1. Two points are taken by the appellants. One is that no suit would lie on a pro-note against any one but the makers and that, therefore, the 3rd defendant as manager could not acknowledge a liability which he could not create. The second in that there had been a division by Exhibit I before the acknowledgment and so the acknowledgment was not by an authorised agent within the meaning of section 20 of the Indian Limitation Act. We express do opinion on the first point as we think the appellants are entitled to succeed on the second point. The decision of the Full Bench in Soundararajam v. Arunachalam Chetty 33 Ind. Cas. 858 (1916) M. W. N. 31 lays down that fullest effect must be given to the judgment of the Privy Council in Suraj Narain v. Iqbal Narain 18 Ind. Cas. 30 It is there laid down that a definite and unambiguous indication of intention to separate amounts to separation. Now Exhibit I is such a definite indication not by one bat by all, and the lower Appellate Court is in error in thinking that because there was no division by the arbitrators there was no separation. We are clear that the family was dissolved at the date of the acknowledgment. It is argued that because the 3rd defendant was allowed to manage the property he could acknowledge, but we are satisfied that there is no evidence on which he could be found to be an agent duly authorized on that behalf. It follows, therefore, that an acknowledgment by one co-contractor, as they were at that date, could not bind the others. (Vide section 21 of the Indian Limitation Act.) The respondent seeks to bind defendants Nos. 4 to 6, the minor sons of one brother, as their guardian but that brother did not sign the pro-note. So the guardian could not make them liable under section 21.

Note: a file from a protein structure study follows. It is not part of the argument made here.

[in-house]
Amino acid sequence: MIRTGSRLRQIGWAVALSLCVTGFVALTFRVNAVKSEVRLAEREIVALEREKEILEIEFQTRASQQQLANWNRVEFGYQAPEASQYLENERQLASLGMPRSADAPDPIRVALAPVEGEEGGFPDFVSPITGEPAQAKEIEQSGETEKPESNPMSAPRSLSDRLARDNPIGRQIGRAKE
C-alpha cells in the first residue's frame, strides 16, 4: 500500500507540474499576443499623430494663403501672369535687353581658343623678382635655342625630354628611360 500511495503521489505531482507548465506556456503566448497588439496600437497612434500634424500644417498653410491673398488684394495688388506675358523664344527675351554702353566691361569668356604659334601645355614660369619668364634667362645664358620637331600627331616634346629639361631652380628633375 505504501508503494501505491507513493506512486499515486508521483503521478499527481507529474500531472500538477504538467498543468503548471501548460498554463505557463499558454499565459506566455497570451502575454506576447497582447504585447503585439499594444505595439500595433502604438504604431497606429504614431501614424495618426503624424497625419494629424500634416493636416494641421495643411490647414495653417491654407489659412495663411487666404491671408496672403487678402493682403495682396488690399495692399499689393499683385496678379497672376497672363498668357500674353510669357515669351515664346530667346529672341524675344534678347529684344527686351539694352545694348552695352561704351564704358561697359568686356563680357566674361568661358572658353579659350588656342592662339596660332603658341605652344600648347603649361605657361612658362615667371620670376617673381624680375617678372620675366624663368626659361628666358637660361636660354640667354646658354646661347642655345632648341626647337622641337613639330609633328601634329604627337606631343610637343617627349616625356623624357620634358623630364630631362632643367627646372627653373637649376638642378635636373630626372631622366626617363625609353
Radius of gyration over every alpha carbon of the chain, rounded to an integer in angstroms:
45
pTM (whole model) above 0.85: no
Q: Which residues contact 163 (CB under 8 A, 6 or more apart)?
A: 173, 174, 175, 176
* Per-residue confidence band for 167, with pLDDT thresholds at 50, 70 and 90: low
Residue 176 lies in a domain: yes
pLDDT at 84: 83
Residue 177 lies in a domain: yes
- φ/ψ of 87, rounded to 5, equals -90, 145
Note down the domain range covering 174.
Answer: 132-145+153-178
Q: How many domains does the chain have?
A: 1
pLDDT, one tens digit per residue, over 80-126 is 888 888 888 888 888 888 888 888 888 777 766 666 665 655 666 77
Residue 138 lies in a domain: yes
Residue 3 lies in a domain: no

2. The suit will stand dismissed against defendants Nos. 1, 2, 4, 5, 6 and 7, and their shares in the family property with costs of the appellants to be paid by the 1st respondent.